Now here’s the really interesting part. Researchers found that new users (those who started taking supplements during the study, but didn’t start off as supplement users) had a significantly increased risk of cancer and all-cause mortality.

Consistent users had a 50 percent reduced risk of death from cardiovascular disease. Casual users also enjoyed a positive, though not statistically significant, association for cancer and all-cause mortality. There was no statistically significant association either way for former supplement users.

What Does It All Mean?

In a nutshell, the key things the researchers found include:

  • Supplements in general were not associated with reduction in death from cancer, heart disease, or all-cause.
  • Antioxidants specifically were associated with a reduced risk of death from cancer and all-cause.
  • Regular supplement users had a 50 percent reduced risk of death from heart disease.
  • People who started taking supplements at some point during the study had an increased risk of death from cancer and all-cause.

There are several issues with the study that jump out. The first (and one that the researchers don’t reference) is that the majority of the supplement users were smokers who had smoked for a long time. One has to consider that the damage done from smoking must play a role on the effectiveness of supplements. There is the distinct possibility that supplement use is offsetting damage but not able to gain a foothold to improve health.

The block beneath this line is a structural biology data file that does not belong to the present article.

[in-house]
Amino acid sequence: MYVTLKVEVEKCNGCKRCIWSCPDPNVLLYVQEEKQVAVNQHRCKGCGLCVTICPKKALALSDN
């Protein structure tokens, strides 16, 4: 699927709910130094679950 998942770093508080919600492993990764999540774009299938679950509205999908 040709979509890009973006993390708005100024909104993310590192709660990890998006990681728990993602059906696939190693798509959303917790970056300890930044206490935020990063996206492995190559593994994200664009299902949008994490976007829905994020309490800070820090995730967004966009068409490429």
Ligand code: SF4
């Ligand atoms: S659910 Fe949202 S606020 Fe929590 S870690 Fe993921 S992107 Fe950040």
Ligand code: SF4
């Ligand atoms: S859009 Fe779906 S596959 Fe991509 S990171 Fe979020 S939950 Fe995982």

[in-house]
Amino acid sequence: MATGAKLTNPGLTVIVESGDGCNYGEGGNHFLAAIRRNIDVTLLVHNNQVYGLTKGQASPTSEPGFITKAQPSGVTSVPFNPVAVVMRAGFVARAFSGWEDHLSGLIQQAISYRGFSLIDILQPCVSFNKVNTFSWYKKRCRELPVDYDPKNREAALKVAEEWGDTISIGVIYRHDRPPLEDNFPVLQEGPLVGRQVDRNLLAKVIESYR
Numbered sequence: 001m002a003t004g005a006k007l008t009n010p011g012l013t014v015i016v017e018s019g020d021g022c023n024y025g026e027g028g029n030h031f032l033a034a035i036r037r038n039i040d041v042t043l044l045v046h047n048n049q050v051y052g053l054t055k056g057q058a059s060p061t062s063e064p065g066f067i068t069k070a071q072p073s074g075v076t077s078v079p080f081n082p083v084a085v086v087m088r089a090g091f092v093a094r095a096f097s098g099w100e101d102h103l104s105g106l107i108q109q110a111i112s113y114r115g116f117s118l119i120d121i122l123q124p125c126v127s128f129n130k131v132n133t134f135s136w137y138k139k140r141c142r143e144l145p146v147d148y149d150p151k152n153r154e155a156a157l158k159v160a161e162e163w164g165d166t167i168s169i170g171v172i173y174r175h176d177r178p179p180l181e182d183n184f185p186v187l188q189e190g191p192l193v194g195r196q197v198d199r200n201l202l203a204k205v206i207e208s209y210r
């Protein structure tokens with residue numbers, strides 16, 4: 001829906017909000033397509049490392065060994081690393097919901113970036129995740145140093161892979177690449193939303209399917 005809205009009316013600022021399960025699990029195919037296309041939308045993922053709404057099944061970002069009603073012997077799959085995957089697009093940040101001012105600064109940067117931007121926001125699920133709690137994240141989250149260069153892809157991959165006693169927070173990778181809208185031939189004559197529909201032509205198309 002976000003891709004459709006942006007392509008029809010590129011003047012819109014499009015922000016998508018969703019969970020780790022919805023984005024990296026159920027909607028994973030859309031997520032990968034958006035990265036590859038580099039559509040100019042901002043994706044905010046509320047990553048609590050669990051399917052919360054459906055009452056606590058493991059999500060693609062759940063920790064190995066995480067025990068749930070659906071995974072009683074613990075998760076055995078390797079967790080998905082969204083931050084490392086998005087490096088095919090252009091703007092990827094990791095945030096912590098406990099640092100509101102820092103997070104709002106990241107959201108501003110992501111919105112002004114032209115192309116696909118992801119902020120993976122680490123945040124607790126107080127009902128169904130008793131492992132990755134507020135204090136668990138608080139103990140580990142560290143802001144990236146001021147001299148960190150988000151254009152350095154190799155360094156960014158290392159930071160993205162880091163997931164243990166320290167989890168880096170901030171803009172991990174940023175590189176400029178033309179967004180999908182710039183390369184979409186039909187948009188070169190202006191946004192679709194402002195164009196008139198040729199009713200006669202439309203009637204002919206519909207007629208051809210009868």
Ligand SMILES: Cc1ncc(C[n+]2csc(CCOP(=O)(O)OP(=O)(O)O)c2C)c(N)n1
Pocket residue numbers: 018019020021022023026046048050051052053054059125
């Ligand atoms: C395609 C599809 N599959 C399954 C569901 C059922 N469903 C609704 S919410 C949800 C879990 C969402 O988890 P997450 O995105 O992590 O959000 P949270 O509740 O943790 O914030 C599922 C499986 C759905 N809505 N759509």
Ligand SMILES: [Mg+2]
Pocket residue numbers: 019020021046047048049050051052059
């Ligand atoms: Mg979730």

As for the finding related to increased risk of cancer and all-cause mortality for those people kicking off a supplement program, researchers hypothesize that people who have been diagnosed with cancer frequently begin taking supplements, especially antioxidants, after their diagnosis.[3]

To see if this could have contributed to their findings, they excluded participants who received a cancer diagnosis during the course of the study. When they did, they found that the association dropped to a non-significant level.

As for all-cause mortality, researchers point to two other studies that found that smokers who took beta-carotene or vitamin E had increased risk of all-cause mortality.[4][5] While the number of smokers in this study may have played a role, investigators couldn’t be sure, due to the small number of smokers who took antioxidants specifically.

In the end, they concluded: “This study suggests that supplementation of antioxidant vitamins might possibly reduce cancer and all-cause mortality. The significantly increased risks of cancer and all-cause mortality among baseline non-users who stared taking supplements during follow-up may suggest a ‘sick-user effect,’ which researchers should be cautious of in future observational studies.”

My personal takeaway is this: Based on this study, being a regular user of a multivitamin/mineral and antioxidant supplement can lower your risk of death from cardiovascular disease, cancer and all-cause mortality.

So don’t wait until you get sick to start taking basic supplements. If you aren’t already, make a plan today to make a high-quality multivitamin/mineral supplement and good antioxidant supplement part of your foundation of health. For help determining which vitamins are most important, check out our free report, Top 7 Supplements for Lifetime Vitality.


[1] Bailey, RL et al. Dietary supplement use in the United States, 2003–2006. J Nutr. 2011;141(2):261-6.

[2] Li, K et al. Vitamin/mineral supplementation and cancer, cardiovascular, and all-cause mortality in a German prospective cohort (EPIC-Heidelberg). Eur J Nutr. 2011 July 22. [Epub ahead of print].

[3] Ferrucci, LM et al. Factors related to the use of dietary supplements by cancer survivors. J Altern Complement Med. 2009;15(6):673-80.

[4] Omenn, GS et al. Effects of a combination of beta-carotene and vitamin A on lung cancer and cardiovascular disease. N Engl. J Med. 1996;334(18):1150-5.

[5] The alpha-tocopherol, beta-carotene cancer prevention study group. The effect of vitamin E and beta-carotene on the incidence of lung cancer and other cancers in male smokers. N Engl J Med. 1994;330(15):1029-35.